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Christian school trends show need for strategic partnerships

Written on November 24th, 2008

Flourishing schools will be those that share: Koetje

Christian schools need to look to strategically partner with those who can assist in the development of the school’s mission in order to survive and flourish, according to David Koetje.

Koetje, Christian Schools International president and CEO, spoke about strategic partnerships at the recent Ontario Alliance of Christian Schools (OACS) governance conference.

Koetje says for his parents it was a given to send their children to the Christian school and quality never entered any conversation. But for today’s Gen X parents there is a “spreadsheet” phenomenon when selecting a school and “gone are the days that if it’s Christian, that’s all that matters.”

As education quality expectations increase demographics show schools opening and closing as educational choices expand. In the United States there has been a significant decrease in the number of Christian schools.

“The time has never been more critical for the Christian school to distinguish itself from the schools down the street,” said Koetje.

“Our programs must be anchored in a worldview that lays claim that this world belongs to God, our tuitions must be reasonable and our planning must be strategic.”

With this in mind it is essential that schools continuously look for partnerships, he says.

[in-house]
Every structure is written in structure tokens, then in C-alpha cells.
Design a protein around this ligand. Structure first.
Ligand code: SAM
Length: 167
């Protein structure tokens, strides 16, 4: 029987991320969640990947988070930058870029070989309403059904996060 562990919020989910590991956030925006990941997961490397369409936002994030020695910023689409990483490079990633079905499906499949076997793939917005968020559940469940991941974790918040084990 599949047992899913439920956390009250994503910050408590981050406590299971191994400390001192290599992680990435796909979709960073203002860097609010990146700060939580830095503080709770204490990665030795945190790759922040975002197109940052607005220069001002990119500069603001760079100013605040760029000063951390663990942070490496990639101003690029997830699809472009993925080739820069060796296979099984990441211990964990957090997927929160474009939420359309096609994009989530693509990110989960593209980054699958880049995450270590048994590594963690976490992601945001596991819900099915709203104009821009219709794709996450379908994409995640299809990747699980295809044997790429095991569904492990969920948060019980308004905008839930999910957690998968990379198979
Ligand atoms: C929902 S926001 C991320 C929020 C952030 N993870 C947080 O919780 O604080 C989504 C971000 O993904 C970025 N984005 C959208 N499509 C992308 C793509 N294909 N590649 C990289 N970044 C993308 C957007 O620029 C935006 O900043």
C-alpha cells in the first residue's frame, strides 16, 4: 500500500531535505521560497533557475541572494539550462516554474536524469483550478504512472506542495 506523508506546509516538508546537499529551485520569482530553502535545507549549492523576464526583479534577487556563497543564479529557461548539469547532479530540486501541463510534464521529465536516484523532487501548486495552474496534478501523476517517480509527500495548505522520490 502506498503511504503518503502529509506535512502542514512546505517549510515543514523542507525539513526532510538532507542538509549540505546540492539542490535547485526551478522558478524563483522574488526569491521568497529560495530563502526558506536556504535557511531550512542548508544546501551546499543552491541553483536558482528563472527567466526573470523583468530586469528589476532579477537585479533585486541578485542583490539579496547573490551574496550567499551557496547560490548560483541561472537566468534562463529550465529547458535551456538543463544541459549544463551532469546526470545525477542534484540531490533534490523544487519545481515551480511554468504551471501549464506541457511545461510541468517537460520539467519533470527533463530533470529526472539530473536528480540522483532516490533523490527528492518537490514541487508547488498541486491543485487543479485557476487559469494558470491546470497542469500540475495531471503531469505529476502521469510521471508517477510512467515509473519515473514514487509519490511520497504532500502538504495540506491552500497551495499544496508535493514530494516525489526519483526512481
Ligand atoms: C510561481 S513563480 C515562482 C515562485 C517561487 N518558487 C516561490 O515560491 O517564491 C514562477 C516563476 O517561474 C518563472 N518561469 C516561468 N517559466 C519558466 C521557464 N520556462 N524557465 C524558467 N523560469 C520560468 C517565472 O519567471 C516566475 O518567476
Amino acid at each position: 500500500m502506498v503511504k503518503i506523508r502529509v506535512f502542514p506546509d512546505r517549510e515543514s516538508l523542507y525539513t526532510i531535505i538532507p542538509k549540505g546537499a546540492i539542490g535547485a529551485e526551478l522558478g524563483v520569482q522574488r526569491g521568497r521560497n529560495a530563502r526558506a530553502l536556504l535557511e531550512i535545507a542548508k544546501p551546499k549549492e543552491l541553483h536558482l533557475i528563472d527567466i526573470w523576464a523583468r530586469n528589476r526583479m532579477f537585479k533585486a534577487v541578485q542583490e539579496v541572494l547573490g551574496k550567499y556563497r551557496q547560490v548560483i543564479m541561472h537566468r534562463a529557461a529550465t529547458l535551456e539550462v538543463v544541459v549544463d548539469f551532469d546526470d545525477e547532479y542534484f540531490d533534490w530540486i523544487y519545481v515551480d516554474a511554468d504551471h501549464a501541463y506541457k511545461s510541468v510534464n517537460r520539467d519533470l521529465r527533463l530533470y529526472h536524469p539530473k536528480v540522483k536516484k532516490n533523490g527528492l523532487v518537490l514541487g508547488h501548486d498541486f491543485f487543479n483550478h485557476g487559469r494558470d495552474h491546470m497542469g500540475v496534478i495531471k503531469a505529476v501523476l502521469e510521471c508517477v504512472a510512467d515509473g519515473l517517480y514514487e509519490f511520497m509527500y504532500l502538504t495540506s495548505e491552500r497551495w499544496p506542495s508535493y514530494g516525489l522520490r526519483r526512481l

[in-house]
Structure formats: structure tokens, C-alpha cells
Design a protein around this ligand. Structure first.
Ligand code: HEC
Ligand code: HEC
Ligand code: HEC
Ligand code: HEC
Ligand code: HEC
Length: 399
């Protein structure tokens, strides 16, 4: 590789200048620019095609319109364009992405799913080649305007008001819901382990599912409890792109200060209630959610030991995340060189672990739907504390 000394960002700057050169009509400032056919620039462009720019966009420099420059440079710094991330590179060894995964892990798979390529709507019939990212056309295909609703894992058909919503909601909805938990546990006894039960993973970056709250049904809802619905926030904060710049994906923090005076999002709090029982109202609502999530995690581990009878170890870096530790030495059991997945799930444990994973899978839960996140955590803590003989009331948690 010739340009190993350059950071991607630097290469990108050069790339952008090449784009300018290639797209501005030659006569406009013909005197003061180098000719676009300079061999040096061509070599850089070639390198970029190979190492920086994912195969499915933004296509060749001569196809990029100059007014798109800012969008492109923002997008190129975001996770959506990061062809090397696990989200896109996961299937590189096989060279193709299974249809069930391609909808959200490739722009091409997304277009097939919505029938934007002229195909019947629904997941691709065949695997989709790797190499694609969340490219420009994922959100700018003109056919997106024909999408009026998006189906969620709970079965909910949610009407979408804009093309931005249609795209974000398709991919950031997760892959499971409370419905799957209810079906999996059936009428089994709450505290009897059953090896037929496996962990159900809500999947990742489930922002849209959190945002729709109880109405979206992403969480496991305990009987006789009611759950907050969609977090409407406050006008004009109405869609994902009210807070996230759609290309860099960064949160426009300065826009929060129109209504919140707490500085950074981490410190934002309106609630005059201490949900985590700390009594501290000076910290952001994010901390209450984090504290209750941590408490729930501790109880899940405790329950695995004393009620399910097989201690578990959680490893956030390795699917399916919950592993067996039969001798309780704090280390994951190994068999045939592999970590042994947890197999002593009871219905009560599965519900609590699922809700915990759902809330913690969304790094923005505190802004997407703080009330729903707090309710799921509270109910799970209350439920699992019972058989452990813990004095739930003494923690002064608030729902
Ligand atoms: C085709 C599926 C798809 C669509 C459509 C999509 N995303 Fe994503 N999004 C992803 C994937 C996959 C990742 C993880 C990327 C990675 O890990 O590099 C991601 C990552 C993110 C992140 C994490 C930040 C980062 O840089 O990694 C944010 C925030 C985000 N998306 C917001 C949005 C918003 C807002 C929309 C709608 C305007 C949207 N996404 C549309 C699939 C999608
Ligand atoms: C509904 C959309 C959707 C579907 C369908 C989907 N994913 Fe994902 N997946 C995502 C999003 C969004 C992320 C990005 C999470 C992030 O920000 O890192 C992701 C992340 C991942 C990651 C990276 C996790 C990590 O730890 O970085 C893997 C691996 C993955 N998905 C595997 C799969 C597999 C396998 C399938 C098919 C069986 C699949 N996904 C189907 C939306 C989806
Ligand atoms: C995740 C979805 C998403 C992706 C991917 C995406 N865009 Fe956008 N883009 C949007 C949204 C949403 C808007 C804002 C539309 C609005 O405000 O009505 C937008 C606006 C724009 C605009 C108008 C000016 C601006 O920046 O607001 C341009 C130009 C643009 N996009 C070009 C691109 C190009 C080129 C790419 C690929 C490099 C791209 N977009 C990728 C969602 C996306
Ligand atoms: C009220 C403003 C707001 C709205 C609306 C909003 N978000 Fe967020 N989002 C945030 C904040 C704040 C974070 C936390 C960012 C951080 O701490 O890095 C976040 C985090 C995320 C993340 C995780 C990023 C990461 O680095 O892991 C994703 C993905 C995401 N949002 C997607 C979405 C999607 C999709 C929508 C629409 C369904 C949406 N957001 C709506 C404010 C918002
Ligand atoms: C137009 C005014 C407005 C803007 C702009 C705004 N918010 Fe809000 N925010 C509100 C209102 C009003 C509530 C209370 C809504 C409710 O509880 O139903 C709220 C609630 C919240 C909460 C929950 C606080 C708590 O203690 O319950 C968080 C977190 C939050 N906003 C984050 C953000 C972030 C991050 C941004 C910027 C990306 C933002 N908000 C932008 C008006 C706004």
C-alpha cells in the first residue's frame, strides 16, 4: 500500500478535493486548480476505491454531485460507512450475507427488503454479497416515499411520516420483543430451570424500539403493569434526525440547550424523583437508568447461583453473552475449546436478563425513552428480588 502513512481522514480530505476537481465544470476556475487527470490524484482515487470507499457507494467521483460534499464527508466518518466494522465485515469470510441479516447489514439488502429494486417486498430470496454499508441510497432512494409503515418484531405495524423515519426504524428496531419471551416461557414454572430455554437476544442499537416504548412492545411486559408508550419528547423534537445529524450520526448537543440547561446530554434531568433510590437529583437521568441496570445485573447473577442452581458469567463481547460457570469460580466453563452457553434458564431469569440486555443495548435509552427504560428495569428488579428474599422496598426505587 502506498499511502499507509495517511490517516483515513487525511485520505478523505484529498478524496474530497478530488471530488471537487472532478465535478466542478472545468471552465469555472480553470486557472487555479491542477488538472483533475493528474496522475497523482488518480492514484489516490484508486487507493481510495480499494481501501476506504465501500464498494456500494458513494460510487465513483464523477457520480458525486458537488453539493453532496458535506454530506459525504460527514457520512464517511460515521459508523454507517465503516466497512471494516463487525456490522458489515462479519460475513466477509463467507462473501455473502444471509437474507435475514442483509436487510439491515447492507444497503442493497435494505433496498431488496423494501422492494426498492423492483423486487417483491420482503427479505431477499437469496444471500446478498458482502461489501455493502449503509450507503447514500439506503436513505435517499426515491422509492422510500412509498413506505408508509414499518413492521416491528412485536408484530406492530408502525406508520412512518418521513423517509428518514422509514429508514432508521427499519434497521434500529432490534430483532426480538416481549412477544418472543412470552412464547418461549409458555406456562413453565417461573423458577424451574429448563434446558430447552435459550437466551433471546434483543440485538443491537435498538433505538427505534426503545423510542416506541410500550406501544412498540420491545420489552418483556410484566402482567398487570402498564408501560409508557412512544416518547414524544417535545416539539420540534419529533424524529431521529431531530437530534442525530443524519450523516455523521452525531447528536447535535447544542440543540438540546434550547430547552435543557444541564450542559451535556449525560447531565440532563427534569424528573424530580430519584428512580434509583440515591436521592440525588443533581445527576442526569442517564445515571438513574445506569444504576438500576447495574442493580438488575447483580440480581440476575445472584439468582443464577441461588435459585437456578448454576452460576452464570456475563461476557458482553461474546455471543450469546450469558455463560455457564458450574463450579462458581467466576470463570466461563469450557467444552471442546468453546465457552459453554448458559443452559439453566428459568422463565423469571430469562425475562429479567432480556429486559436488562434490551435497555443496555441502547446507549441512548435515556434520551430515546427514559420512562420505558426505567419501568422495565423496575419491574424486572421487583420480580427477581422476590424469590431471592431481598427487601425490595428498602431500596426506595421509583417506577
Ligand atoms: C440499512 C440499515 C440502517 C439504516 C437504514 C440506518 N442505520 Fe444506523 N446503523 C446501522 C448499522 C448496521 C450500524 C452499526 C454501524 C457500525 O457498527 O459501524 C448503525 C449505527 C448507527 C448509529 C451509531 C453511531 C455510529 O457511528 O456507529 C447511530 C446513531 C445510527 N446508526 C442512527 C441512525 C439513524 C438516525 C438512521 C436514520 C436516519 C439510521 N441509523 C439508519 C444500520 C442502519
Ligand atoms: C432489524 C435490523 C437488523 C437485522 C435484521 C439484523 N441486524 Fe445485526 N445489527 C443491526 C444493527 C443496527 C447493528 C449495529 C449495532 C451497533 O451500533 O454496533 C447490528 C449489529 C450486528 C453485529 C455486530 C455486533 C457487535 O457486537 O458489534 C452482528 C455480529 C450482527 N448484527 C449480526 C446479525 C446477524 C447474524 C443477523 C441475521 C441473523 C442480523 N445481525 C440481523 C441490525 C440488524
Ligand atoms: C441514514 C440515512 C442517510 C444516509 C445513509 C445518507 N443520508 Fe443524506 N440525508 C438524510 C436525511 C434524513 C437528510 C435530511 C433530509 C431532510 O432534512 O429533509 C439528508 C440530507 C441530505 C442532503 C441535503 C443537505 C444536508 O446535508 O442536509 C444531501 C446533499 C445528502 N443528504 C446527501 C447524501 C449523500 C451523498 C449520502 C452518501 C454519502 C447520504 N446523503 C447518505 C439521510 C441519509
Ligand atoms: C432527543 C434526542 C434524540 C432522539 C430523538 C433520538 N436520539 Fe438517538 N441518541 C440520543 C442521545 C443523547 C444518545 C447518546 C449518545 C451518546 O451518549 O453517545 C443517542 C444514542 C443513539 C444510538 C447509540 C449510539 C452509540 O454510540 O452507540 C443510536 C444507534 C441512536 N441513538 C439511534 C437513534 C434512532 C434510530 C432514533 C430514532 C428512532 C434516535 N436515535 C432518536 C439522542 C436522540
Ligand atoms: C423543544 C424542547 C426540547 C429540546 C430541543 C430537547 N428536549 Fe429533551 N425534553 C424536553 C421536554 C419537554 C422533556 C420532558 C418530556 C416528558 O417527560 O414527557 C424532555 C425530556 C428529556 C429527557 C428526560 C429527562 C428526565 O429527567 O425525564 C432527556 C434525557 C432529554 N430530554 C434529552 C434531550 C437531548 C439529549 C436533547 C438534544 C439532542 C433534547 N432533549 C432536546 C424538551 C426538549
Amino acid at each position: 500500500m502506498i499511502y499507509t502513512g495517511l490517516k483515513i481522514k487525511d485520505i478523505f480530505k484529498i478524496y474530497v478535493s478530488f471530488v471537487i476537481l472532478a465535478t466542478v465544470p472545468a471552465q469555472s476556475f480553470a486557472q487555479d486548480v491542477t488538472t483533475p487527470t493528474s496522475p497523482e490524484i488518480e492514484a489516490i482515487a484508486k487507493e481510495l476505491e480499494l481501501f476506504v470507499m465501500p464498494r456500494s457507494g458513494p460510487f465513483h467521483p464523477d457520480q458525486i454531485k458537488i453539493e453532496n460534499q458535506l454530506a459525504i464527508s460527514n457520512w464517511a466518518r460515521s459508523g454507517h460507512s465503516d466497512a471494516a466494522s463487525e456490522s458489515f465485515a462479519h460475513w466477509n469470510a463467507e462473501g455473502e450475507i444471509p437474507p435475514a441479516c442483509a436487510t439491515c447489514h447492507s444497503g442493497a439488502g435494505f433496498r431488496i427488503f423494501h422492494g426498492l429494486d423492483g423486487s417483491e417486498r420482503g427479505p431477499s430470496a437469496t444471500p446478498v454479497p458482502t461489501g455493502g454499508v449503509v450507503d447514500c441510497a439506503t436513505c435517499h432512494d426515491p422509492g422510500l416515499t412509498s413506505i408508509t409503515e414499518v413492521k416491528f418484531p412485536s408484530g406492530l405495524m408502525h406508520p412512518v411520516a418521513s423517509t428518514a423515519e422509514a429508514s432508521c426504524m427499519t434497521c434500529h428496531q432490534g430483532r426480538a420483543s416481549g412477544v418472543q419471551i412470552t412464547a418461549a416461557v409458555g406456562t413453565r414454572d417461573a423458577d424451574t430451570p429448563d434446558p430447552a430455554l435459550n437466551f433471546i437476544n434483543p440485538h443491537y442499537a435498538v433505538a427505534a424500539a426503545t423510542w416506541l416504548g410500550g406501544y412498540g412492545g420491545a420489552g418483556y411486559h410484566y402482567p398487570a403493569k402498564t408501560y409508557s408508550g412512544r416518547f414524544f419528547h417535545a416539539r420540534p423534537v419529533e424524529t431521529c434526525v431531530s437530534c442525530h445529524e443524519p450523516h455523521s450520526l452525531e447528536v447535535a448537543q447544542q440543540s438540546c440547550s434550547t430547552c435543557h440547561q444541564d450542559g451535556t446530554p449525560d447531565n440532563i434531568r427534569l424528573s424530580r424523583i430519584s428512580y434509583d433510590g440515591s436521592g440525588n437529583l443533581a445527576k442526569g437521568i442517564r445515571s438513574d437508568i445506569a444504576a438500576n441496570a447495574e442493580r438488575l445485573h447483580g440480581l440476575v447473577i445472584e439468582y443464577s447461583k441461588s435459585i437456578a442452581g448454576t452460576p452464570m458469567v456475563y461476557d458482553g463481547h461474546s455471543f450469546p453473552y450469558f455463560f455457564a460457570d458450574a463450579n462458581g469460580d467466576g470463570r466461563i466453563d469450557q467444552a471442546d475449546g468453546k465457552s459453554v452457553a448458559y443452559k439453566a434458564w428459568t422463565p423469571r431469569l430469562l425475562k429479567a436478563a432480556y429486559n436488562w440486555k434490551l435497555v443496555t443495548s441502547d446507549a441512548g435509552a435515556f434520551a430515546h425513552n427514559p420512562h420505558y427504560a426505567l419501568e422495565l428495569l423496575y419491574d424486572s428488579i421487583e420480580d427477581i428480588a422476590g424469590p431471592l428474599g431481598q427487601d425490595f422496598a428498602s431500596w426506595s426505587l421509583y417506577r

“Schools that survive and flourish will be those who have leaders who understand that by sharing we gain more,” said Koetje.

The cost of operating schools increases faster than incomes, causing schools to cut programs to minimize costs. When this happens “in reality you are asking parents to pay more for less” which is not a long-term solution, says Koetje.

Schools often have ideas to possibly move toward sustainability but few have the resources to carry out the thought. Two years ago Christian Schools International explored how it might be a catalyst for schools and strategic partnerships.

This thinking led to the formation Christian Education Enterprises — an entity to come alongside schools to minimize financial risk when initiating new projects. The organization, which has been in operation for a year, provides a third revenue stream for schools.

Christian education has a long history of models that combine parent tuition dollars with donated dollars and that will continue; however, for long-term sustainability there needs to be a third revenue source, says Koetje.

Christian Education Enterprises provides a way for schools to initiate potential revenue generating projects without the financial risk.

“It is our hope that this is the place where we can expand on the concept of enhancing individual school missions through strategic partnerships,” Koetje said.

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